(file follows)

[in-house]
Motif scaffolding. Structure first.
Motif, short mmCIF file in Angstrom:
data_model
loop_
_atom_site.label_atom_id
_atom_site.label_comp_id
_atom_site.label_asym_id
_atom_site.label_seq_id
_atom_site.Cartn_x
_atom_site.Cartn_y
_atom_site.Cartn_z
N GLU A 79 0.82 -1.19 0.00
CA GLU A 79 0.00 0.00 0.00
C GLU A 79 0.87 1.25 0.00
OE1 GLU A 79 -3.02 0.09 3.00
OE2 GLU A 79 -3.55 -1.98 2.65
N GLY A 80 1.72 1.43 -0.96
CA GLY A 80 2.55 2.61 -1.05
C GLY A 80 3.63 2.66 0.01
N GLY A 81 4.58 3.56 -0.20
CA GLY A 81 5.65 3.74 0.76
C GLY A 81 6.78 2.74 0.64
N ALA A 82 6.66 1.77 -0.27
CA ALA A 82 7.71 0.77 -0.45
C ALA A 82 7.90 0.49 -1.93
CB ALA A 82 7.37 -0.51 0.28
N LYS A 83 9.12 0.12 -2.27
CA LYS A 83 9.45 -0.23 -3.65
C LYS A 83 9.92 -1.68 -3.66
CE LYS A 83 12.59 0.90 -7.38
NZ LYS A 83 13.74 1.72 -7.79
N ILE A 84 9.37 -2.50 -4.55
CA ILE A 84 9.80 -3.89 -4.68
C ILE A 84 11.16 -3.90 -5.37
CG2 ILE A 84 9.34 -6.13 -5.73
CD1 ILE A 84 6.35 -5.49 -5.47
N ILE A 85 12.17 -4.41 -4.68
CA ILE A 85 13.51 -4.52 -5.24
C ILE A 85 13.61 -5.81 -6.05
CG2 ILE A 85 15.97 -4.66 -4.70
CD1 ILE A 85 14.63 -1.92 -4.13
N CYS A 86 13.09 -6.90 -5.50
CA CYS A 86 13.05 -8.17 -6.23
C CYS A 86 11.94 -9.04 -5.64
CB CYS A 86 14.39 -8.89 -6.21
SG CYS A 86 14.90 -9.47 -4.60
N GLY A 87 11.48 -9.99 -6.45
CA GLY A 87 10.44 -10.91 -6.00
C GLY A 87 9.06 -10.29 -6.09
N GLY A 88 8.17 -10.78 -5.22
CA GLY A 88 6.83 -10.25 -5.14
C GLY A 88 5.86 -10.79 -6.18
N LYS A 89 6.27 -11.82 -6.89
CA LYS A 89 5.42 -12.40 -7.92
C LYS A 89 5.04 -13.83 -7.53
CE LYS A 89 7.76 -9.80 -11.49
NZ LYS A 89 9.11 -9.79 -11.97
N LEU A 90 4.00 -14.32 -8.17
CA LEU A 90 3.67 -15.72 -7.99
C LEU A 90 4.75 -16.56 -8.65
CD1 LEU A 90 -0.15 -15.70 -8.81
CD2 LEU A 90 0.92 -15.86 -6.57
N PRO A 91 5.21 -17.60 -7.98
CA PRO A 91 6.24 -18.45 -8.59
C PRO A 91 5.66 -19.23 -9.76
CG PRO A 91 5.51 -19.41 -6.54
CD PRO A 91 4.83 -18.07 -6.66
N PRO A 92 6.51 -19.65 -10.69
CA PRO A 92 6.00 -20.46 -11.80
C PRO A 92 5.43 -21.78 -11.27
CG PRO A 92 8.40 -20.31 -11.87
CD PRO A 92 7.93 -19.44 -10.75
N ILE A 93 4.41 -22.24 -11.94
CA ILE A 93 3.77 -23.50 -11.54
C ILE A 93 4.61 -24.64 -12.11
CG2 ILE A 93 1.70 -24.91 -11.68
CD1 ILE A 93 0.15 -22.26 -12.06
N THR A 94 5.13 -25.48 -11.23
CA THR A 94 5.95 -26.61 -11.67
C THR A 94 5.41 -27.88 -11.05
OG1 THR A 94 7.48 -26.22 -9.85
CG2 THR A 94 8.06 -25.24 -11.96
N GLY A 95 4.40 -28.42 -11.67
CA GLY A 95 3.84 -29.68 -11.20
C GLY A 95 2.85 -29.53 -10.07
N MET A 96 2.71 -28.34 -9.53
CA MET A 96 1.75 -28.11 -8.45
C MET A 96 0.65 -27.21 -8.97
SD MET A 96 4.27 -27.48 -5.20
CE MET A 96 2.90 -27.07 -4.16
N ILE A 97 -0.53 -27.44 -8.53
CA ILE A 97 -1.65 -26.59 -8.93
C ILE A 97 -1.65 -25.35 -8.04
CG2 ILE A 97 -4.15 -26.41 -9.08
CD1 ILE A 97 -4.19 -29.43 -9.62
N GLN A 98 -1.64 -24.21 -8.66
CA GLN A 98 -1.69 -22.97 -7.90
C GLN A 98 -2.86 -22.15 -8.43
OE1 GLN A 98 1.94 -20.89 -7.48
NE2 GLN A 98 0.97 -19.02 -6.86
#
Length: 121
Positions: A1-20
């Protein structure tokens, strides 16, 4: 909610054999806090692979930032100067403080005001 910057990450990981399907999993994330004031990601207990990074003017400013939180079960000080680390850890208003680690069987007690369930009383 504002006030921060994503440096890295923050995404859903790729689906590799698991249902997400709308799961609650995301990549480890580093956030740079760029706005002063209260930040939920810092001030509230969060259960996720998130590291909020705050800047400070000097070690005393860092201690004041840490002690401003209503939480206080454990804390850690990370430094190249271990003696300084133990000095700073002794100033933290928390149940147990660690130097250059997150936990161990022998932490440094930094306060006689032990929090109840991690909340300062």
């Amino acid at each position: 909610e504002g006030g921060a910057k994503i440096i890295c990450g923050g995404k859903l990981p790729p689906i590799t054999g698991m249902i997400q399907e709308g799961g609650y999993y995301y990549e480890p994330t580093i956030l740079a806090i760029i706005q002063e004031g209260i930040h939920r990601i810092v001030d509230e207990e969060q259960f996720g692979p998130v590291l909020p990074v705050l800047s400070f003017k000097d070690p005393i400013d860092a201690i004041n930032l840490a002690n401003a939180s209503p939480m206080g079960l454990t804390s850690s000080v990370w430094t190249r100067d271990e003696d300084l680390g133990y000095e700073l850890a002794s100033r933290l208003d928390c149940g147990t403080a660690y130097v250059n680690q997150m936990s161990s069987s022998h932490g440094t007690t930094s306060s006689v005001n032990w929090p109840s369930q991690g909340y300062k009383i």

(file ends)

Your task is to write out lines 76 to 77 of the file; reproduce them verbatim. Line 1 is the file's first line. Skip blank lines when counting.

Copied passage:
C ILE A 93 4.61 -24.64 -12.11
CG2 ILE A 93 1.70 -24.91 -11.68